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With a history going back to the Chalcolithic Age (5500-3500 BC), this region was inhabited by the Thracian tribes of Beteger and Odrys. Read More
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Photo by: Casal Partiu
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Turkiye Edirne Taken on December 21, 2012

With a history going back to the Chalcolithic Age (5500-3500 BC). This region was inhabited by the Thracian tribes of Beteger and Odrys. In 513 BC it was annexed to the Persian lands by Dareios I the Great. In 168 BC it came under the Roman sovereignty and, during the period of the Emperor Claudius, it became the Province of Thracia (44-46 BC). First of all Emperor Hadrian founded the city of Hadrianopolis in this region in 123-124 A.D. The raids of the Goths and Huns during the Roman period, and the raids of the Huns, Avars, Rejeneks and Bulgarians. During the Byzantine period, caused the city to be burned down and rebuilt many times.


During the Crusades, and after being in Latin hands for some time, the city was taken once again under the administration of Byzantium. And then conquered by the Turks during the period of the Ottoman Sultan Murad I, in 1361. After having had names such as Edrinabolu, Edrinus, Edrune and Edrine, it was now called Edirne. In 1365, it was made the capital of the Ottoman Empire, and it remained the capital until the conquest of Istanbul in 1453. Having been invaded by the Russians in the 1828-1829 Ottoman-Russian War. The city was recovered by the Ottomans as a result of the Edirne Treaty of 1829, which was a treaty with some of the strongest terms the Ottoman Empire had ever signed.

Ottoman-Russian War

During the 1877-1878 Ottoman-Russian War, the city was once again taken by the Russians and later returned to the Ottomans. Also, Edirne was the target of a number of attacks and experienced much hardship until the formation of the Republic of Turkey.

Now, it is the second largest center in the European part of Turkey.

The most significant architectural structure in the city is the Selimiye Mosque. This mosque was constructed by the famous Turkish architect, Sinan (1490-1588). On the orders of the Ottoman Sultan Selim II. The mosque was built between the years 1569-1575. It is of great importance due to its delicate stonework, tiles, and interior pen-ornamentation. It is built on an 14 area of 2,475 sq m and the structure itself covers 1,575 sqm of this. There are four minarets with three galleries on each minaret. The dome has a diameter of 31.28 m and is 43.28 m high (it is even greater than the dome of the Hagia Sophia Museum in Istanbul). On the rim of the dome is a row of 32 small windows. The dome’s interior is decorated with pen ornamentation.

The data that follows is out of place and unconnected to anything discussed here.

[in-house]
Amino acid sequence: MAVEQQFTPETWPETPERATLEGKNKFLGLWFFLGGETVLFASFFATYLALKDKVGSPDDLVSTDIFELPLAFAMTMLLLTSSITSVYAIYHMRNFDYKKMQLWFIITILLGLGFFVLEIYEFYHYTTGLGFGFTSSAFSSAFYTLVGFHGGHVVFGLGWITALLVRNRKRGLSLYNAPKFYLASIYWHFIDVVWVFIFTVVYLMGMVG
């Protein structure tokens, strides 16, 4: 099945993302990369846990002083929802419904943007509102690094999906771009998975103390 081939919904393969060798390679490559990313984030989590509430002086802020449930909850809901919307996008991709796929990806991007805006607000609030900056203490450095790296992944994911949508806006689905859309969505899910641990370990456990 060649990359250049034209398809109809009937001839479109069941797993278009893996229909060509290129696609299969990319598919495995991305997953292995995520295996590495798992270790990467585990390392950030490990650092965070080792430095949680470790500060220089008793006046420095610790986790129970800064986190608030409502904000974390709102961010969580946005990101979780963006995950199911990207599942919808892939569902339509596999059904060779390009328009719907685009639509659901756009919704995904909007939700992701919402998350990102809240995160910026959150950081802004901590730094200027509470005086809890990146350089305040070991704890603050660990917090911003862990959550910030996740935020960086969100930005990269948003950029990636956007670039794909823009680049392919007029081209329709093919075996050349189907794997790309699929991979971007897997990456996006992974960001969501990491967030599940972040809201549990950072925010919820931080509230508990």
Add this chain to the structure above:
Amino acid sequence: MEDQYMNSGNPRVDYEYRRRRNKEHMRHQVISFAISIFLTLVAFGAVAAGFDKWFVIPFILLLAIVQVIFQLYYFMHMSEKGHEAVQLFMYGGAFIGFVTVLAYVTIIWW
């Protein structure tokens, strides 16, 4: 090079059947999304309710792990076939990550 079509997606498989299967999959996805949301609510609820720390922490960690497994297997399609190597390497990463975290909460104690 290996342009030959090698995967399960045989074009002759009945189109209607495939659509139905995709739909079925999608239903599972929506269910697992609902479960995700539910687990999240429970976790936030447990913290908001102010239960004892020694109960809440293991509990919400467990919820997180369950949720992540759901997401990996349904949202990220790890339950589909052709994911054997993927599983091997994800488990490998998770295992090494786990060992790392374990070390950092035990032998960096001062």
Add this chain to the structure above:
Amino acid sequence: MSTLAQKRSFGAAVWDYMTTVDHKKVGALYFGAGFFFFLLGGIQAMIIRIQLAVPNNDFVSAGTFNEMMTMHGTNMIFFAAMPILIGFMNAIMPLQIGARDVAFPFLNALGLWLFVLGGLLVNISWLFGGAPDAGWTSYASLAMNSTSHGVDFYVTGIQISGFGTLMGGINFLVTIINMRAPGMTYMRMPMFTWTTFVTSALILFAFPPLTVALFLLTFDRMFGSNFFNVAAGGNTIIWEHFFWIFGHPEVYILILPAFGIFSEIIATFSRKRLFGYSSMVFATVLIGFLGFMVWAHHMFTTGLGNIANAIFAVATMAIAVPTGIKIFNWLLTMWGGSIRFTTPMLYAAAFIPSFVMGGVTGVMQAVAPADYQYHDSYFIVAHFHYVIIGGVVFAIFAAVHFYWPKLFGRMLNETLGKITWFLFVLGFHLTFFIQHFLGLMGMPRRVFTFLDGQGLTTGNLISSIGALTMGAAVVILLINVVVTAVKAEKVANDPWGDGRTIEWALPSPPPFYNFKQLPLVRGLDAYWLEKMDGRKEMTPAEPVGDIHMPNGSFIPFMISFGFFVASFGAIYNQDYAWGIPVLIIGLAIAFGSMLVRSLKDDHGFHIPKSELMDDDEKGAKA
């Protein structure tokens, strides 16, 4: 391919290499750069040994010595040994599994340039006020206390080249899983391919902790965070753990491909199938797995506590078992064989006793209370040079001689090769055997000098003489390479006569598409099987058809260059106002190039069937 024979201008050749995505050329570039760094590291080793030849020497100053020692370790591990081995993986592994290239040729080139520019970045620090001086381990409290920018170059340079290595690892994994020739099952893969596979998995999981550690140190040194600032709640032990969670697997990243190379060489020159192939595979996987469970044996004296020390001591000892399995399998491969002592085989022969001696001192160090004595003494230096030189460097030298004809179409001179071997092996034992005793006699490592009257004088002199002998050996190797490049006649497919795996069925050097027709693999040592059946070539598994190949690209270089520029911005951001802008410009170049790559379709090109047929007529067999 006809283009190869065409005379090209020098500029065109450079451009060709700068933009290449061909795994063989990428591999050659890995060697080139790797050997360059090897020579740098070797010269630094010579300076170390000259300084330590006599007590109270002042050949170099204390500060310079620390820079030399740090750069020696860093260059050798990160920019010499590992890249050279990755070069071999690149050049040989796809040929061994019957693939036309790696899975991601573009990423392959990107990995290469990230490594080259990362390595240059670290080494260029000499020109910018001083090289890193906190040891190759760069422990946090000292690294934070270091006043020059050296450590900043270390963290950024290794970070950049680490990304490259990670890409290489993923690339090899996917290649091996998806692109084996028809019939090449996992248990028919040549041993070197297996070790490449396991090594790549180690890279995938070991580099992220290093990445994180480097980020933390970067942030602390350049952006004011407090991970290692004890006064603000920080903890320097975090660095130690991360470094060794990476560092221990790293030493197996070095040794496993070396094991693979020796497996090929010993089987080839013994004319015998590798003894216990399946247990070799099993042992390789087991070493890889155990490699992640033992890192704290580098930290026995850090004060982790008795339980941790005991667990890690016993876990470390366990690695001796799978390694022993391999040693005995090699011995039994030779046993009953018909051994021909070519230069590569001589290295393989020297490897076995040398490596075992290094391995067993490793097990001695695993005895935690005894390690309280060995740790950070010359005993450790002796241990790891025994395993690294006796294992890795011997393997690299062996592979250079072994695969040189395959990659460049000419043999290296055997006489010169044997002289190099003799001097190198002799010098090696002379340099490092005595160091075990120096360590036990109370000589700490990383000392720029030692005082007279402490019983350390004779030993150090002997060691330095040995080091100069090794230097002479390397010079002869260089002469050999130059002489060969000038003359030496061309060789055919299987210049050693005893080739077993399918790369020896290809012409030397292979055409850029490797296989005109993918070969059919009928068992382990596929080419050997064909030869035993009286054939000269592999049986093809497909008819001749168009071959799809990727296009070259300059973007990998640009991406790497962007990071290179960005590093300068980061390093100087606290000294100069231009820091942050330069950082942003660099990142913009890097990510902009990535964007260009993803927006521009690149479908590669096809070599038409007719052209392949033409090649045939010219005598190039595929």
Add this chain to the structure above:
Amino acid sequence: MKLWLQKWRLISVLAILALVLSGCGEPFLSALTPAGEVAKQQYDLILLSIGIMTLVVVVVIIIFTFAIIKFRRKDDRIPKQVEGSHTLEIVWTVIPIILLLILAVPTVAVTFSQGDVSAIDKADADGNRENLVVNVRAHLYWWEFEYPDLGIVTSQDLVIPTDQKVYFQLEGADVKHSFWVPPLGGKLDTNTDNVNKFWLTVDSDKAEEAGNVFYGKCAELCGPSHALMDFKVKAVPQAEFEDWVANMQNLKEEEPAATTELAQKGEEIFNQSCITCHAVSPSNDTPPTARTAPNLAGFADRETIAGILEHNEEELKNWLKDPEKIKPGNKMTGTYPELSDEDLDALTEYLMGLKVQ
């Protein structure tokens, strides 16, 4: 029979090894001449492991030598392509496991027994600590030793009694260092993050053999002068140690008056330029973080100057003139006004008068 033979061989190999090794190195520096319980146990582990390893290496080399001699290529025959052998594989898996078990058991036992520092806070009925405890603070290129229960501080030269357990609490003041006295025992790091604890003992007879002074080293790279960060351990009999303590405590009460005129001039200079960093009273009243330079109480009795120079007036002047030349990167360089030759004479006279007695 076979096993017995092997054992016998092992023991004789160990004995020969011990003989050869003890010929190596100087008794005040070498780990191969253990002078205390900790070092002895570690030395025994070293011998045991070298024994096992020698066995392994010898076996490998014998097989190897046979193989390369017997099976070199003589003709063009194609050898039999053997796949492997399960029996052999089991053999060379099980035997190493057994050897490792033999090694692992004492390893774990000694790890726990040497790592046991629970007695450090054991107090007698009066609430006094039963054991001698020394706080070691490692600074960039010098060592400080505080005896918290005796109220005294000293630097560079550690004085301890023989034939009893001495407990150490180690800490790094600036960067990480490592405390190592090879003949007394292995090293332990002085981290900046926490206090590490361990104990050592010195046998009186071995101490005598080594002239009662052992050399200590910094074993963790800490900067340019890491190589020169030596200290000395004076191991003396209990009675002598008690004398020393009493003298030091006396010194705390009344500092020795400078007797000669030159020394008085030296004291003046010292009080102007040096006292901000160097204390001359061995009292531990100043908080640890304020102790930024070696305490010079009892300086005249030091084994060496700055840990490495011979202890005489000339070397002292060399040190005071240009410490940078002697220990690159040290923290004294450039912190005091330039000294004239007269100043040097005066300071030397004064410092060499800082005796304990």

The Bayezid Mosque

The Bayezid Mosque was built by the Ottoman Sultan Bayezid II between 1484 and 1488. Two single-galleried minarets, a large dome with a 20.25 m diameter placed on four walls, and 44 windows, are features of this mosque. The hospital, medrese (Koran school), kitchen, bakery, guest-house, and other such buildings on two sides of the mosque. Which were all part of its complex, remained intact until World War I. The Old Mosque (Eski Cami) was built between 1403-1414.

It has hewn stone walls and a square plan.


The adjacent Bedesten (covered market) was built by the Ottoman Sultan Mehmed I in 1414. Its walls are a mixture of hewn stone and bricks. It is covered with fourteen domes which are carried by six broad columns. For many years it was used as a shopping center, and today, it is again being used as a covered bazaar. The Muradiye Mosque, in the north-east of the city, was built by Murad II in 1436. It was constructed on a plan that looks like an upside-down letter “T” with two adjacent large domes and one small dome on each side. It is covered with a total of four domes. The six-cornered interior walls are covered with blue on white flower-patterned tiles and turquoise-colored triangles.


In Kirkpinar, also called Sarayici, oiled wrestling has taken place at the beginning of each May for many centuries. At the end of the three-day tournament, one of the young men who come from all around Turkey is given the title of “Bashpehlivan” (Head Wrestler). In Sarayici, one can see the remains of the Sand Pavilion (Kum Kasri) Hamam (Turkish bath). The Babtissaade (main entrance of the Edirne Palace), the Cihannuma Kasri, Palace Kitchen, and the Justice building. Also, Mosque with Three Galleries (Digerefeli Cami). This mosque was built by Murad II between 1438-1448. Built according to the customs of the Seljuks. Therefore it has four minarets made of colorful bricks. As well as the colorful tile-layered walls of the mihrab, all attract much attention.

Finally Edirne is full of stunning structures that speak of its rich past as the main seat of a once powerful empire. So you have to visit lots of places whilst in Edirne.


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  • MHH5+6Q Edirne, Edirne Merkez/Edirne